The Isle of Wight covers an area 380 km², with just over half designated as an Area of Outstanding Natural Beauty. 258 km² of the island is farmland, perhaps due to the island’s extended growing season. The Isle of Wight is roughly diamond-shaped, with a vertical chalk ‘backbone’ running through the middle of the island from The Needles in the west to Whitecliff Bay in the east. Either side of this is an almost complete sequence of sedimentary rocks dating from 120 million years ago to present day. Sedimentary rocks form over millions of years from layers and layers of rocks building up on top of each other – these lines of sedimentary rocks can be seen in the cliff faces all over the island.
The Needles are the island’s most famous landmark, and by far the most outstanding of the island’s natural attractions. As well as the Needles themselves, there are several other spots of interest in the vicinity. Just up the cliff from the Needles, overlooking the Solent, is the Needles Batteries, an excellently preserved Victorian fort.
On a calm day, a boat trip goes out from Alum Bay beach to the Needles, passing through the gap where the third rock used to be situated. The beach at Alum Bay features multi-coloured sands, which Queen Victoria found interesting. You can reach Alum Bay beach via a chairlift which goes from the Needles Pleasure Park situated at the top of the cliff. There are various activities for all ages at the Pleasure Park, including children’s rides, a glass-blowing house, a sand shop, and a sweet manufactory.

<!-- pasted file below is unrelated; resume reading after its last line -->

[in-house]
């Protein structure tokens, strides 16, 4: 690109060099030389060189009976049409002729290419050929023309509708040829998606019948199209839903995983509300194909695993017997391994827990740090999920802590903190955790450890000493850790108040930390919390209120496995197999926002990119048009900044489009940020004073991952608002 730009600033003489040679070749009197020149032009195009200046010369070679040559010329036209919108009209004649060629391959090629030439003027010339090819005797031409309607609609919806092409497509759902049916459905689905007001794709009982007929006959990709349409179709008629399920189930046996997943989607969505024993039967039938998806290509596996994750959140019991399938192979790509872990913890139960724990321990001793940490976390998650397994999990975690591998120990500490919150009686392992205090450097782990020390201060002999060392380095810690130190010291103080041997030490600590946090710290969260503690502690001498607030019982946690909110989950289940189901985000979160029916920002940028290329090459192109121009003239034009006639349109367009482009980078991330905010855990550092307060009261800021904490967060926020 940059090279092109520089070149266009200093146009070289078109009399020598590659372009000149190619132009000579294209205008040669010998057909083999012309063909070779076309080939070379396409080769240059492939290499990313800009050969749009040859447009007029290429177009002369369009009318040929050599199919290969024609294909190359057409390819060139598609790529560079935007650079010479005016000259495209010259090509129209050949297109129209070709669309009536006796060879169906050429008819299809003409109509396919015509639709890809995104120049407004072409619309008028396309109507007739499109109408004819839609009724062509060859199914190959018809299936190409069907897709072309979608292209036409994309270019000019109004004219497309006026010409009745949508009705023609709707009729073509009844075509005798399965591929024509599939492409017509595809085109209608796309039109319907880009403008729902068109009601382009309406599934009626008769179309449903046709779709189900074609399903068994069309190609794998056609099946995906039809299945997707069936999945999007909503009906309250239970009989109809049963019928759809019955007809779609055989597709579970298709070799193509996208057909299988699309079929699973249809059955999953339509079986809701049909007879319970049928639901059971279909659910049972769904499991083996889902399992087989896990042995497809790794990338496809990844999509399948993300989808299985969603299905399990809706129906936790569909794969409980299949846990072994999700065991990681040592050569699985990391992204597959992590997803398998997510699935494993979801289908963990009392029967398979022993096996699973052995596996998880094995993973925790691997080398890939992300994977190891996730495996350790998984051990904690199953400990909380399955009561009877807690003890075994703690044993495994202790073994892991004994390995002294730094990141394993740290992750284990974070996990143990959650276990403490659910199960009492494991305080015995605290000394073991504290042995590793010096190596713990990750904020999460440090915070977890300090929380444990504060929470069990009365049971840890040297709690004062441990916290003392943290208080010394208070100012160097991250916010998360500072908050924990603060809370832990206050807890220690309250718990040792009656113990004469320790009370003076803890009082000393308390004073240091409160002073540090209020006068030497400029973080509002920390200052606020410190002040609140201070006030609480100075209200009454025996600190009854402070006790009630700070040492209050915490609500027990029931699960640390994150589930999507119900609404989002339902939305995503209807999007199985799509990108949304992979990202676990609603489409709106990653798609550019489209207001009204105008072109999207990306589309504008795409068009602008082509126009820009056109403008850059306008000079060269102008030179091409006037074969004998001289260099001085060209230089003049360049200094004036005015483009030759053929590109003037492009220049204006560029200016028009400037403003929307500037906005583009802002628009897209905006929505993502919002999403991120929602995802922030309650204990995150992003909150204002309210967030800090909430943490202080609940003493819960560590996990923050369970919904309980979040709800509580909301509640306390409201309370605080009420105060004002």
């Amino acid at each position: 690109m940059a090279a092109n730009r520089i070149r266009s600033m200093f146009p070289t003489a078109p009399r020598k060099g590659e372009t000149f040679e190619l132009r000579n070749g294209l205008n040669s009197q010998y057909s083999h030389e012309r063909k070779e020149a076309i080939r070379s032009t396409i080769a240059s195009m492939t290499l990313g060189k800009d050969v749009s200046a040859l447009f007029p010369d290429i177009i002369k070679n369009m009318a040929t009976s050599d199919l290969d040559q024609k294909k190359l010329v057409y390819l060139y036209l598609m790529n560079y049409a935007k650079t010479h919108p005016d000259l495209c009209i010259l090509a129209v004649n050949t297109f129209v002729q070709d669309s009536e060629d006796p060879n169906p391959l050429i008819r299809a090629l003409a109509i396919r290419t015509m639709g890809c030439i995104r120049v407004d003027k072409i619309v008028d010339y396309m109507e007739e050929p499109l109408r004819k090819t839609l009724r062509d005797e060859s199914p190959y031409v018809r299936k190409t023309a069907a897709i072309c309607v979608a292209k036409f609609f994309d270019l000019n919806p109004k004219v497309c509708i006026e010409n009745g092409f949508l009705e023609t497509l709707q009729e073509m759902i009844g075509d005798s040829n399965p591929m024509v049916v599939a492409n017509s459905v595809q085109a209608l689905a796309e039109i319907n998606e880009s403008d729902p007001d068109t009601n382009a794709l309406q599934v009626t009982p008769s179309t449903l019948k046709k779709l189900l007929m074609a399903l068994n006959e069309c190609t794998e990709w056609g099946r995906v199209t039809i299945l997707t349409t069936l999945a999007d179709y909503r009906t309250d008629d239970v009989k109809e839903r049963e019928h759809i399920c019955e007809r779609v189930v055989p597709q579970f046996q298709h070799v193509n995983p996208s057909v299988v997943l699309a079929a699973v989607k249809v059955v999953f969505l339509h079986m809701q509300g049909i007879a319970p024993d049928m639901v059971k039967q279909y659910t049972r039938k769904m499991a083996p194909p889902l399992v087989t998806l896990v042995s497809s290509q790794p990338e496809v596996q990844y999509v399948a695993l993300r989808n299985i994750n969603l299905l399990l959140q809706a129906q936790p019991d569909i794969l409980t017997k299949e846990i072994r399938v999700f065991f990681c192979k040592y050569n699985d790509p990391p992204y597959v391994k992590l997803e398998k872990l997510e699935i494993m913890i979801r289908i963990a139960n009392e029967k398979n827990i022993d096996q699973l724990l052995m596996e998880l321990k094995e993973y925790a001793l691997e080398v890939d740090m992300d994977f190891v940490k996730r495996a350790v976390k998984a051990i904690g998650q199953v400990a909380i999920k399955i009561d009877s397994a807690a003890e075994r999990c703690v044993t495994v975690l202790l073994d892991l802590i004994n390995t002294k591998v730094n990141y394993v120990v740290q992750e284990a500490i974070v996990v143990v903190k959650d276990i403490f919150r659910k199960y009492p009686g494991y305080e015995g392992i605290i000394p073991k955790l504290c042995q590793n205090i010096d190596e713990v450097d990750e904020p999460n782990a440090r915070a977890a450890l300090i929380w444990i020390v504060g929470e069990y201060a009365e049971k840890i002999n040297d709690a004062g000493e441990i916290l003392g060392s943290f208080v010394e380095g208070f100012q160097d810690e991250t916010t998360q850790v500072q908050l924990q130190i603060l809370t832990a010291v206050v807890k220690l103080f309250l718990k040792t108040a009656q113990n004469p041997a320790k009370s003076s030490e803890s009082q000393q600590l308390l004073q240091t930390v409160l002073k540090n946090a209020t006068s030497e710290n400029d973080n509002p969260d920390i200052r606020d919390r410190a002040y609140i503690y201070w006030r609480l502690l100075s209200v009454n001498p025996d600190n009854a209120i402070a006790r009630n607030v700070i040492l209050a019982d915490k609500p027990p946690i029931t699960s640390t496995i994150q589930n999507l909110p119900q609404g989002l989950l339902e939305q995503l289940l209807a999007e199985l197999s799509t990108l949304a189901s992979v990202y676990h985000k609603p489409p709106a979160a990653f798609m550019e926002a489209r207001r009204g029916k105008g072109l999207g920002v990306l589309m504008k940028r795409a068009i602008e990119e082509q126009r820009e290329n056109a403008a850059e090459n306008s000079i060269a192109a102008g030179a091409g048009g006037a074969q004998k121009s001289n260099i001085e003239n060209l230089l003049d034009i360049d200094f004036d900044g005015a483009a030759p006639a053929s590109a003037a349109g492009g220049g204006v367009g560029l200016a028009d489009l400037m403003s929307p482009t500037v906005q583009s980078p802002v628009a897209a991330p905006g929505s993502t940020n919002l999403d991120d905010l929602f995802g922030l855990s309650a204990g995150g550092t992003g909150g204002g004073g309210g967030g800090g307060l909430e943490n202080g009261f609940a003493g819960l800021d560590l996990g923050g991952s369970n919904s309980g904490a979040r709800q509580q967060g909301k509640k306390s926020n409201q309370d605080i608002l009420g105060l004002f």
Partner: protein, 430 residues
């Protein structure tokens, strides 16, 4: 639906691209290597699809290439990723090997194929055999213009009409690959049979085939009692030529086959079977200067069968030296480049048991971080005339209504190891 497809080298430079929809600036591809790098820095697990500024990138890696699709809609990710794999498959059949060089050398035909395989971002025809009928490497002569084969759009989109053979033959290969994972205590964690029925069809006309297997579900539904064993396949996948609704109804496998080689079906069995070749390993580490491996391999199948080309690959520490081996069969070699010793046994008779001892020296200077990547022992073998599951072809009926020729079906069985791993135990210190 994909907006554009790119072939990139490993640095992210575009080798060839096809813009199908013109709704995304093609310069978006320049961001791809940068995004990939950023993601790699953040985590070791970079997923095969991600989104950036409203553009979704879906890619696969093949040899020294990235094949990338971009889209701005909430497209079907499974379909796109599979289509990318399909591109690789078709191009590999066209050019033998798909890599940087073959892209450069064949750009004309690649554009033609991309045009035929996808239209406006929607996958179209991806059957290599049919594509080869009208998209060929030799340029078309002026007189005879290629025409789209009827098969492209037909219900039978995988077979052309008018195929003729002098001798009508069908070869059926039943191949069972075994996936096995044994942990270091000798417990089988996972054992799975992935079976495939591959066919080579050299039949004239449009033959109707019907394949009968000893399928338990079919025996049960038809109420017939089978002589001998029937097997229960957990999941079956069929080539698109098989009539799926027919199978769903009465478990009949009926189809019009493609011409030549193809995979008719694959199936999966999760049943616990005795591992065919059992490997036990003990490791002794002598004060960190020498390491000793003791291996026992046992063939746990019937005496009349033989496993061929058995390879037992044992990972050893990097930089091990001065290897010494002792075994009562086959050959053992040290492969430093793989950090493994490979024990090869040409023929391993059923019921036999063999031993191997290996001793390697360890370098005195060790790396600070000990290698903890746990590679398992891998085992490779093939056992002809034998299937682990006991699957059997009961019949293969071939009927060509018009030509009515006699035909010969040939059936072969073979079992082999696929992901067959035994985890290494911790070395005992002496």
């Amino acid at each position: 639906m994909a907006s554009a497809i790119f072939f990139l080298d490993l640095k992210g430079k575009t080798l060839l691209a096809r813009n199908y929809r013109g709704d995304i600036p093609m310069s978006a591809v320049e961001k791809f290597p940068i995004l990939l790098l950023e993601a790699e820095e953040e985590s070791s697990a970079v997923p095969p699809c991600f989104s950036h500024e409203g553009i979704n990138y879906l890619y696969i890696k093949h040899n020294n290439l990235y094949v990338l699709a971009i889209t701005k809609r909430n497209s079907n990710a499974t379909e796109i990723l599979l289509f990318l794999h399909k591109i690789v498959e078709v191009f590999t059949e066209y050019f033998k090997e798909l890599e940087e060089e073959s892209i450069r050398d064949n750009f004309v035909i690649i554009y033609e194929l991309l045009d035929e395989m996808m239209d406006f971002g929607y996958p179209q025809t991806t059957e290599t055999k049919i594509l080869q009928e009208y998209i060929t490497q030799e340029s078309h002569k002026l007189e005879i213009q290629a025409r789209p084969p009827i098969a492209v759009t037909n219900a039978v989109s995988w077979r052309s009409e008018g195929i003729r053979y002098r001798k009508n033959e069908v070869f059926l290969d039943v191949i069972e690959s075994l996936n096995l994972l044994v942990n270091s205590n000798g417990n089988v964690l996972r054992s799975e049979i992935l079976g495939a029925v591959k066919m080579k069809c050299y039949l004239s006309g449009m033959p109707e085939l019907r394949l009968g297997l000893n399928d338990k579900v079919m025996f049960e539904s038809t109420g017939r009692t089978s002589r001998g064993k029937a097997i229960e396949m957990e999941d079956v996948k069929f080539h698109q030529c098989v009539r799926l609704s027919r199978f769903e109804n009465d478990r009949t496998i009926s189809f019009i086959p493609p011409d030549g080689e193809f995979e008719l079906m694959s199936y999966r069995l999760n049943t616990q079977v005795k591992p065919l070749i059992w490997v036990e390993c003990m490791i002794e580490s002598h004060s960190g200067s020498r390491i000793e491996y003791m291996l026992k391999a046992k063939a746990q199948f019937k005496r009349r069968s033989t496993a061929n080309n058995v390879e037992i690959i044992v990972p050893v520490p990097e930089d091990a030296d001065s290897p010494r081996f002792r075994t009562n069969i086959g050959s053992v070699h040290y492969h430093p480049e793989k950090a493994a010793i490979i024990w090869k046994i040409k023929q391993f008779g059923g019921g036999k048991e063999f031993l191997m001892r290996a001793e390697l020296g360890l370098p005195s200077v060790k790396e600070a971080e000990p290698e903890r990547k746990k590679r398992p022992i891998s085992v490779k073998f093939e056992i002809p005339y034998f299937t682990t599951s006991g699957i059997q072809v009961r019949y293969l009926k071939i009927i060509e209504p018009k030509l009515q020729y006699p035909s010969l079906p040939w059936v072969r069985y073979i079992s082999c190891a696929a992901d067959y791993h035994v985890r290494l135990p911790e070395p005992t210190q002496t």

The route 7 buses serve the Needles Pleasure Park, as well as the Needles Breezer and Island Coaster routes. The Needles Breezer bus also serves the Needles Battery, driving along a spectacular winding coastal road on the way.
The Batteries are bunkers constructed between 1861 and 1895 for coastal defence against a threat of invasion by France, and were equipped with gun placements on the top of the Battery. The cannons are still in place today.
The site was re-used for defensive purposes during both World Wars, with a powerful searchlight being installed in a room under the Battery - this room can still be accessed today. During the late fifties the New Battery was used as a testing site for space rocket engines. In 1976 the National Trust acquired the Batteries and restored them before opening them to the public.